Eating out is part of life. In the United States, consumers have spent more money on restaurants than on grocery for the first time in history. Millennials are showing an increased desire to eat prepared foods, and as the entire industry grows, a new frontier in the technology world develops. Restaurants have been among the slowest industries in adopting technologies, but there's a need for a more efficient dining ecosystem. A couple weeks ago, when flying out for a skiing trip, we discovered Ziosk at an airport Italian restaurant. Ziosk is a tablet that allows the user to pay, order, and play games all at the table. It's a great concept for an airport where the speed of checking out is key, and large chains that work at an economy of scale that function in an environment of saving money at every corner. Applebees, Olive Garden, and others have begun to use some sort of tablet (whether it be Ziosk or it's competitor, Presto) across many of their eateries, and it's only logical that companies which need to minimize workforce costs, and that rely on rewards programs (the tablets let you sign up on spot) replace a homely feel with a lifeless touchscreen slab. The dining industry is huge - Ziosk and Presto only work on a limited segment, a side where speed and scale are prioritized over everything else. What about the mom and pop shops? What about the trendy places full of chatter and excitement? The restaurant is an unforgiving environment, and so many delicious meals have never been served because establishments, no matter their popularity, struggle to compete and make the profits that massive chains can. Data and efficiency make the difference between success and failure. There's a market out there for technology that can fill this gap. We developed Expediter with the intent of improving the dining experience across the board while being affordable. Expediter cuts costs, analyzes data, and increases the productivity of the workforce. The consumer appreciates the convenience of an always listening waiter. In short, Expediter is the technology that your restaurant has been waiting for. Get ready to revolutionize your business!

What it does

Expediter uses the Amazon Echo Dot as a personal waiter at every table. A web of Dots, all connected by the Amazon cloud, facilitate orders and dictate requests to a staff. While the waiter isn't replaced, they take on a new role. The best way to understand how our service works is by outlining the process: A hostess will greet customers and sit them at a table, handing out physical menus. To interact with the Dot, one simply needs to say "Alexa, launch waitress." The diners can then make requests. "I'll order the Miso Ramen.." or "What is Miso Ramen?" An order would be sent to the kitchen, where it'll be displayed on a dashboard. If a customer calls for a waiter, a notification will be sent to the Pebble Watch of waiters "Table 4 needs assistance." Whereas a single waiter might have covered 5 tables without Expediter, they can now cover anywhere from 7-10. Expediter immediately collects data, as every order and request translate into tangible and beneficial information for the owner. Owners understand their popular dishes and clearly see revenue which makes paying taxes easier. By implementing machine learning algorithms with Wolfram in the future, owners have the potential to understand demand for dishes in the future. We envision Expediter to be sold on a restaurant per restaurant basis. Rather than selling it as a service, we want to make it a one time purchase. The low cost of the Dot and technologies we use make this an affordable alternative to our competition.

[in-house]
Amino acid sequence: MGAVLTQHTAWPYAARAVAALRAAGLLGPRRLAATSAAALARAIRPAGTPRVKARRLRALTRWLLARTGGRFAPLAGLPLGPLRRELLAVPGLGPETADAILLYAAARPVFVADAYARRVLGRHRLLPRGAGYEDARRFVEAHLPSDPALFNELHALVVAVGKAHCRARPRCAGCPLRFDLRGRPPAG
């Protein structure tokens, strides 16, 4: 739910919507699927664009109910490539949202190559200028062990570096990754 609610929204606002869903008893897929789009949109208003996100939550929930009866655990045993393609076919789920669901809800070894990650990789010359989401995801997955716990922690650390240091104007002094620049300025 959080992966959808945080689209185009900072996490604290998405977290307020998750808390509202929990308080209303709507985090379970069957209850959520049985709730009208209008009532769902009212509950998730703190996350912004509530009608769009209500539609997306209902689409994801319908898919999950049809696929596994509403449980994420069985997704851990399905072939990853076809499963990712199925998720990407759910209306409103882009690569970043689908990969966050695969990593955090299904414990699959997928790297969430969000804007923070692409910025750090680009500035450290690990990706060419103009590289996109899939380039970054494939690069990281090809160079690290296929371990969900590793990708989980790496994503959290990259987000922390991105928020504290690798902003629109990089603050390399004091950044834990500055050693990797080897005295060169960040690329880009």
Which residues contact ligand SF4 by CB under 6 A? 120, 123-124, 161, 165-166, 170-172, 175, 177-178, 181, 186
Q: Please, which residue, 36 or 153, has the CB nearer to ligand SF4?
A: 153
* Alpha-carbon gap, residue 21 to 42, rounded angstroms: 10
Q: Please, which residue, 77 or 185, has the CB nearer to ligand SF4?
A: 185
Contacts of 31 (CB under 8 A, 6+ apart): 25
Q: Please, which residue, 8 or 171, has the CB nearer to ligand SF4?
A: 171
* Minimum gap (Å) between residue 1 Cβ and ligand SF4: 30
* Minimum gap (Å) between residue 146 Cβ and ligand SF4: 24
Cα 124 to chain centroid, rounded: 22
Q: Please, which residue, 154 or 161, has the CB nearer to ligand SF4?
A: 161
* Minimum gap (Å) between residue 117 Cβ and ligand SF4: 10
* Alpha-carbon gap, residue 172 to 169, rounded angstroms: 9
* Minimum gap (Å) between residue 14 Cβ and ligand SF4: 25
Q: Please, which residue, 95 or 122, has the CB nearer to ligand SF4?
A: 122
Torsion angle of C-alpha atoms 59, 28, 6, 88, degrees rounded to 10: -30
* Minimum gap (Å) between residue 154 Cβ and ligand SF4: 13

How we built it

We used Amazon Web Services (php and SQL database), AWS Lamda, the Amazon Alexa, and the Pebble smartwatch(C), Node.js, chart.js, and Bootstrap, and Wolfram Alpha to build this working prototype.

Challenges we ran into

Implementing the Pebble smartwatch proved to be a major challenge. Understanding how the Alexa interacts in a loud environment, and hashing out a plan to use multiple Dots in conjunction proved a powerful brainstorming exercise. The Wifi going down didn't help, but we made it through.

Accomplishments that we're proud of

We're proud that we built a working prototype for a much larger concept.

What we learned

We learned that any major idea starts off small, and that small contextualization need a bigger picture view.

What's next for Expediter

We intend on using machine learning with Wolfram to predict popular products.

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